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FLEXO Magazine : October 2007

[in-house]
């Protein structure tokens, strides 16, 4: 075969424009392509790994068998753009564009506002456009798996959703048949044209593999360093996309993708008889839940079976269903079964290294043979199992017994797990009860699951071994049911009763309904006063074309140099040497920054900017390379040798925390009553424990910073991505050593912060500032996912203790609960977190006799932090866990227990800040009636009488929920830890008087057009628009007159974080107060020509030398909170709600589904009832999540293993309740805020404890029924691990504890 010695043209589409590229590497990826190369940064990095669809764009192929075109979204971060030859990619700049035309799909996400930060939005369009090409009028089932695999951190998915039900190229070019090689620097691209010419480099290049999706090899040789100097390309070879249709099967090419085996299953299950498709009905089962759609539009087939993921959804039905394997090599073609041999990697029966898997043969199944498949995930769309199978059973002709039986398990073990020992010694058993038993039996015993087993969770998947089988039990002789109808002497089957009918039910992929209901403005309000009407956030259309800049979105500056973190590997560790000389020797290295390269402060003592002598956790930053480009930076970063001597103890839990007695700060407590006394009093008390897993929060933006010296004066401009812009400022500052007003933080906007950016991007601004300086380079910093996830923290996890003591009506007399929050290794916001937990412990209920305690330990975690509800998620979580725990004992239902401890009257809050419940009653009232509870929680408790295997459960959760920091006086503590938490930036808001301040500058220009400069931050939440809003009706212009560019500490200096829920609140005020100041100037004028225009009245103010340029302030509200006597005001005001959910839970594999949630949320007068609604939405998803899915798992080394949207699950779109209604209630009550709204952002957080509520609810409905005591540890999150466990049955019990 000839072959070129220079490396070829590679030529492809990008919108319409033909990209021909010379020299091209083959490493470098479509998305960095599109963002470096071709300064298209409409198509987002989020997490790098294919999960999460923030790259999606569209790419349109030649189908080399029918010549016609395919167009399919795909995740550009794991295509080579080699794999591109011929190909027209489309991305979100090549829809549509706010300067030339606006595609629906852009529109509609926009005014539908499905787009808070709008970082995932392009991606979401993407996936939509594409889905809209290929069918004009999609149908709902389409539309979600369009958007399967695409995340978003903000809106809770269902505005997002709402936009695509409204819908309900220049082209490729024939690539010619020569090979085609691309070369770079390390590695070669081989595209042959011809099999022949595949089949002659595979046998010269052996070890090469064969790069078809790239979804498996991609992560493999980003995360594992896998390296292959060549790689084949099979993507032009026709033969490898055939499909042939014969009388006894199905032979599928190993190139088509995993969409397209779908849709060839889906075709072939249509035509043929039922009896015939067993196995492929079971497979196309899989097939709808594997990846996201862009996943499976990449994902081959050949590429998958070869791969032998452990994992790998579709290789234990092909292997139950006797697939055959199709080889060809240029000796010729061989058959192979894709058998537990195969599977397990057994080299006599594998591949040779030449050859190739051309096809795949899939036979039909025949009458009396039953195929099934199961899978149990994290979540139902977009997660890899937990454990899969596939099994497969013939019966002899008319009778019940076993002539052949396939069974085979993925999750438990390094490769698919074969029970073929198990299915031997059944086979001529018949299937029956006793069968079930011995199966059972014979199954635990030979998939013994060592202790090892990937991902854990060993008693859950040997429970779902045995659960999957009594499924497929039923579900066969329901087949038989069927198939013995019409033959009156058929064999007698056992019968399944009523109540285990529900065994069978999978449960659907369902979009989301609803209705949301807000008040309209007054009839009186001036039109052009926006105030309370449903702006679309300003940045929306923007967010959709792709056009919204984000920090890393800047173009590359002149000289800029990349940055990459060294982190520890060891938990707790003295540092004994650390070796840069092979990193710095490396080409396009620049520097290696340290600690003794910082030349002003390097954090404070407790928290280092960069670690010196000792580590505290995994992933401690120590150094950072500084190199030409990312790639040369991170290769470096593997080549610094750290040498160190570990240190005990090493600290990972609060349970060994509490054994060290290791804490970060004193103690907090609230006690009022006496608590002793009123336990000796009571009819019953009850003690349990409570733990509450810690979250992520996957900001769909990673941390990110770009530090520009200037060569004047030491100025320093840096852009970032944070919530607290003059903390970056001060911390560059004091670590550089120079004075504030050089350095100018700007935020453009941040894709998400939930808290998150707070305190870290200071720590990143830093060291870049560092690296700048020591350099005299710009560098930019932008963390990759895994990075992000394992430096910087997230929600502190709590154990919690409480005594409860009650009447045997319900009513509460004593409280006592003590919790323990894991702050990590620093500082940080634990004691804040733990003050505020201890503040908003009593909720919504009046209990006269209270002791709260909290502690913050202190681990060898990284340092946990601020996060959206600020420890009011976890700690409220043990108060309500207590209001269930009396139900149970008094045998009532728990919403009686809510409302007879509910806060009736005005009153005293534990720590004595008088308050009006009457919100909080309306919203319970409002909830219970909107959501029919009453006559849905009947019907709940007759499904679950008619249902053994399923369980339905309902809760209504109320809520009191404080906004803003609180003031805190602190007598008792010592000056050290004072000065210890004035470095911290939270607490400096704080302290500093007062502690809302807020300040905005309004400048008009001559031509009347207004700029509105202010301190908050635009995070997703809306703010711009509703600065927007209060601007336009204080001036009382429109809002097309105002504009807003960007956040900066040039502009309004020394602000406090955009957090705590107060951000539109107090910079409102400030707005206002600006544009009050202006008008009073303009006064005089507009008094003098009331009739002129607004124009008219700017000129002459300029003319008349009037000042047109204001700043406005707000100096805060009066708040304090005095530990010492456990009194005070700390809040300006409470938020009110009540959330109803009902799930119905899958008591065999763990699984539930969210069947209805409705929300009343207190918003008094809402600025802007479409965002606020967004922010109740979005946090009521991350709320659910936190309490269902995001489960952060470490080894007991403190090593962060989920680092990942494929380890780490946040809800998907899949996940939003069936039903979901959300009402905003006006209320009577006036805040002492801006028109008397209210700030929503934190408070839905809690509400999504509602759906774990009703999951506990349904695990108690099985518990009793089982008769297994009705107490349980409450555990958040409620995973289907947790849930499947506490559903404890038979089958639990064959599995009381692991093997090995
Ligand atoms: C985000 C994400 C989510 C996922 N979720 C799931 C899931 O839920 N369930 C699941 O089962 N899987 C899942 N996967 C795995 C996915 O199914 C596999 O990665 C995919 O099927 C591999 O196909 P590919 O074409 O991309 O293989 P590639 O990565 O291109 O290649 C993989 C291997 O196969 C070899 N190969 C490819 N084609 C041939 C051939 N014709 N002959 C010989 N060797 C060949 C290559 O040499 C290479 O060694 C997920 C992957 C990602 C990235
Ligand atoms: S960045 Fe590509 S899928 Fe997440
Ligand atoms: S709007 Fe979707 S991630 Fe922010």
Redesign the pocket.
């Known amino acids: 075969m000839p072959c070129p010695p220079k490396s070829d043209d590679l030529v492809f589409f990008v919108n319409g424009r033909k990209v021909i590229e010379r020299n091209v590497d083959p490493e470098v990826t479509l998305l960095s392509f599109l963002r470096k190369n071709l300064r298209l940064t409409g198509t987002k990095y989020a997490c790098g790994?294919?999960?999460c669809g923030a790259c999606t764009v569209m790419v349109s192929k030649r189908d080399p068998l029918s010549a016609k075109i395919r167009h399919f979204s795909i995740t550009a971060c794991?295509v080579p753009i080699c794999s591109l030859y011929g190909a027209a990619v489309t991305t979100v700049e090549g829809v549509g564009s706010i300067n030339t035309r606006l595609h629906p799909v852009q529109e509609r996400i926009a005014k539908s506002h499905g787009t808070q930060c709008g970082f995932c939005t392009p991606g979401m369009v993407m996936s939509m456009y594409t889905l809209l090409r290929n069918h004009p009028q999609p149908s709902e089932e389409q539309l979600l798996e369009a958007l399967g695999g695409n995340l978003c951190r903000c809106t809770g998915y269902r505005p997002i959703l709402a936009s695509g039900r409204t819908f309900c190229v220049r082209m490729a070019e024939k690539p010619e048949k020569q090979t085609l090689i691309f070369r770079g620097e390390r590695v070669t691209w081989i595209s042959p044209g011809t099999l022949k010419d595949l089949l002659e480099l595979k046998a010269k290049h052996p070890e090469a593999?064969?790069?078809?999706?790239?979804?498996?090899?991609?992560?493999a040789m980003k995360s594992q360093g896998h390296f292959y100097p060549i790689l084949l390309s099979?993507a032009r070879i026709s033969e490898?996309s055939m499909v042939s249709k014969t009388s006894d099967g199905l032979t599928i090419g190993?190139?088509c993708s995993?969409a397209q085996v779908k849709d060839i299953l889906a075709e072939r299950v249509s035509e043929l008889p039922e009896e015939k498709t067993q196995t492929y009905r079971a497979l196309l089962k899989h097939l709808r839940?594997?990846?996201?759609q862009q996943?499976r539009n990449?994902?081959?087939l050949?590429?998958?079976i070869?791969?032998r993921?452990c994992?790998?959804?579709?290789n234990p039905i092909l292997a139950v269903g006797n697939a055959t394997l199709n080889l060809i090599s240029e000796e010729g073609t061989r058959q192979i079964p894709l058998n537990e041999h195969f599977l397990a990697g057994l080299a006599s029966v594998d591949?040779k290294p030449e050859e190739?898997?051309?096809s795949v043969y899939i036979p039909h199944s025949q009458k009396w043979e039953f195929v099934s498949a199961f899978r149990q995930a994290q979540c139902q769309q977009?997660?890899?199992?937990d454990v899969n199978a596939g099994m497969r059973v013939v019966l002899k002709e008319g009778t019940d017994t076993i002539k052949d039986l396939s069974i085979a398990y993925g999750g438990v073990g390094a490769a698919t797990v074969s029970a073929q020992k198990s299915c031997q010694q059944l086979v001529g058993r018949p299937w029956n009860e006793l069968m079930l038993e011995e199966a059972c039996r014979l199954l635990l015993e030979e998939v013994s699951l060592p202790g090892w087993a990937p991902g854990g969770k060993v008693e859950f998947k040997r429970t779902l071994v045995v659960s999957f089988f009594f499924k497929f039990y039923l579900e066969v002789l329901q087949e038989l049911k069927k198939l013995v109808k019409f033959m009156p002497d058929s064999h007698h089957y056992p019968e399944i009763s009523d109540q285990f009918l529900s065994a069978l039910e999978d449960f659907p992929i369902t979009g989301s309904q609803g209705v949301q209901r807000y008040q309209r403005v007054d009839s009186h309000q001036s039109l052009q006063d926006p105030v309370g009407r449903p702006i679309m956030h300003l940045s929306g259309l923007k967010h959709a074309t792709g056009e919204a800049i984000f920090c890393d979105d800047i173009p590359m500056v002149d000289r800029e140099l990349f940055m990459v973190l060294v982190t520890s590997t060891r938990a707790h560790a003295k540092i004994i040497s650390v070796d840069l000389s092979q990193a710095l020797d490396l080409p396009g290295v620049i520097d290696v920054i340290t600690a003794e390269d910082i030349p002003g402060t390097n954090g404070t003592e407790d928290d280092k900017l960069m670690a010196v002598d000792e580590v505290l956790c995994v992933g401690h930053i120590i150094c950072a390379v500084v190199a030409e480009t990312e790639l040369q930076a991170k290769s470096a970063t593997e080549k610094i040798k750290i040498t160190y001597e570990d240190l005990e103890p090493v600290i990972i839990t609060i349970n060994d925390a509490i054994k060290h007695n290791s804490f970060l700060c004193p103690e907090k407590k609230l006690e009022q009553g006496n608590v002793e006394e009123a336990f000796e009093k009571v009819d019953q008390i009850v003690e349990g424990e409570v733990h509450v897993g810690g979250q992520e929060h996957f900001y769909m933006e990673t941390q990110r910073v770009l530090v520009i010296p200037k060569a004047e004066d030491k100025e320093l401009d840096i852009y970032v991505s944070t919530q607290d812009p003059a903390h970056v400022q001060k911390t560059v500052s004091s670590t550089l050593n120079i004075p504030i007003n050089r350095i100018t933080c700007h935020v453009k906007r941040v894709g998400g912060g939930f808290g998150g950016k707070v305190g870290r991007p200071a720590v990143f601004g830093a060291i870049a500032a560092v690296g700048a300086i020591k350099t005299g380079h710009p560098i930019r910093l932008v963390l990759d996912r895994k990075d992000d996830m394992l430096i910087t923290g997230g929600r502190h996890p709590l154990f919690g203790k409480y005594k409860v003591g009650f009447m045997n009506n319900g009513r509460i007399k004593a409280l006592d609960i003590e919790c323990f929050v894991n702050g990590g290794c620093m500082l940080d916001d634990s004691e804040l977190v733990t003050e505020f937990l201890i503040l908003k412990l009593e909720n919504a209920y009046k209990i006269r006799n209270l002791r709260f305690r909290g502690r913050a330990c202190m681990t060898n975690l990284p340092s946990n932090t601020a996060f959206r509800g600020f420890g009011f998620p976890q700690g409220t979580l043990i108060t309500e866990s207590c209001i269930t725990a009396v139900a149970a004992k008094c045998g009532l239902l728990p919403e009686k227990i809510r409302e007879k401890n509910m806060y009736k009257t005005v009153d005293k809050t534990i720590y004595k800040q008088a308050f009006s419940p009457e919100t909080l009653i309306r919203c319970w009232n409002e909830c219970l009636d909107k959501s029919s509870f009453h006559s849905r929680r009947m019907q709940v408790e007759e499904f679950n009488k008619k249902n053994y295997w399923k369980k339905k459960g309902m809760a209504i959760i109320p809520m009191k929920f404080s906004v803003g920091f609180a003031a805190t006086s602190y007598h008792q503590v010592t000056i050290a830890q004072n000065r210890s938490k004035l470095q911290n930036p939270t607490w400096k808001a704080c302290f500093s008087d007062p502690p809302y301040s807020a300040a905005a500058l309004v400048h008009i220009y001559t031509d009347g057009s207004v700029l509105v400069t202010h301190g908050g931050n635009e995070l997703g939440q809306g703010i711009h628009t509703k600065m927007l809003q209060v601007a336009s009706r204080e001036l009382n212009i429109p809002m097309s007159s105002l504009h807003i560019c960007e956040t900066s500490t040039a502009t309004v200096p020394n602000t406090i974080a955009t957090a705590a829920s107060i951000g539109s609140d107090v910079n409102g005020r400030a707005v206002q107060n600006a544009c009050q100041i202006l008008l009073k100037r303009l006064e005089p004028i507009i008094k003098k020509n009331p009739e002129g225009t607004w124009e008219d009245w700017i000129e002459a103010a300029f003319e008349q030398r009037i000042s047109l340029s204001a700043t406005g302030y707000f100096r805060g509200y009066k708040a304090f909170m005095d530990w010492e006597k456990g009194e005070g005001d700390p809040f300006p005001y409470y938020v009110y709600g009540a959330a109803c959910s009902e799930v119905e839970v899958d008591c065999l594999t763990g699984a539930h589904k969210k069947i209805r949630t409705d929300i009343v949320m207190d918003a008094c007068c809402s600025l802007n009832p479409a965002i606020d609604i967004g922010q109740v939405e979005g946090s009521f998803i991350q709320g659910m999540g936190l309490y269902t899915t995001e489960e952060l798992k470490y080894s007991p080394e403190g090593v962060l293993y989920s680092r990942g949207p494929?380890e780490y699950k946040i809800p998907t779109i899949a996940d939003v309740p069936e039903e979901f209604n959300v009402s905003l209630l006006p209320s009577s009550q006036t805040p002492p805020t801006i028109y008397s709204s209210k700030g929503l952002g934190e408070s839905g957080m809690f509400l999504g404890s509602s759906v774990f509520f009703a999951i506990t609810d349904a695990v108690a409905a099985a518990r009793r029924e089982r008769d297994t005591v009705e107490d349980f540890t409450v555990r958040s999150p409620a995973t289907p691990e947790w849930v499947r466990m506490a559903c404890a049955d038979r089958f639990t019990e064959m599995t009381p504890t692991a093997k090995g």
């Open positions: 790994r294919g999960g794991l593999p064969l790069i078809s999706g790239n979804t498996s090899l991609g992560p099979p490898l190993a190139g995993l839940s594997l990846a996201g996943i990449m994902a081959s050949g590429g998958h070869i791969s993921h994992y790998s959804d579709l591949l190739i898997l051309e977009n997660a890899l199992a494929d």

ers, wide web coaters, wet wipes folders and many other specialty machines. "PCMC has been credited with many industry firsts that have helped advance the state-of-the-art in converting technology. It plans to continue that tradition of innovation as it expands its customer base throughout the world." Currently, PCMC has seven operations in the U.S., England, Italy, Germany, Brazil, Japan and China. In October 2005, PCMC became part of the Barry Wehmiller Company, a U.S.-based machinery organization, with a history dating back to 1885. Today, PCMC, which has always been headquartered in Green Bay, WI, describes itself as "a single source for converting, print- ing and packaging technologies." It manufactures and supports equipment for: tissue converting and packaging; wide-web flexo printing coating and laminating; narrow and mid-web in-line flexo printing systems; and non-wovens converting. PRESSES, THEN & NOW Describing yesterday's produ offering and client base, Gillis states, "In the beginning, four-color letterpresses were predomi- nant for printing of packaging. Aniline or flexographic printing was used primarily for line printing. As substrates evolved, print- ing on thin film substrates became commonplace, but limitations in holding register, spawned interest in central impression (CI) presses." "Most presses then, were four- or six-colors around a com- mon impression cylinder. They were used to print various forms of packaging produ s on a wide variety of substrates," Gillis reports. "Typical maximum speed of these presses was 1000 fpm. Mechanical line sha drives were used. Ink was delivered to the substrate with open fountain rolls and chrome aniloxes. Manual plate and anilox cylinder changes were the norm. These presses were not changed over frequently. In fa , it could take most of a day to do so." Comparing the common printing machinery of years' ago with modern-day flexographic printing presses, Gillis says, "Today, the CI press is still popular, but is commonly equipped with eight- to 10-color decks around a common cylinder. In-line narrower ma- chines are used for multi-substrate printing demanding graphics as well. With the trend toward thinner and thinner films, and graphics requiring close traps and tolerances, state of the art servo presses can meet demanding registration tolerances. On a wide variety of substrates, in-line presses today can meet chal- lenging process register requirements with servo technology yet offer flexibility in process converting." To that, he adds, "Fast change sleeves have replaced steel cylin- ders for the plate and anilox. Inking is done with ceramic anilox technology and closed chamber do or blades working collabora- tively with automatic wash up systems. Automatic register and impression systems allow job changeover to be done in minimal time without wasting material. "Today, a 10-color flexo press can change over completely within 50 minutes and meet graphics quality rivaling gravure, offset and digital when used in tandem with digital pre-press technology."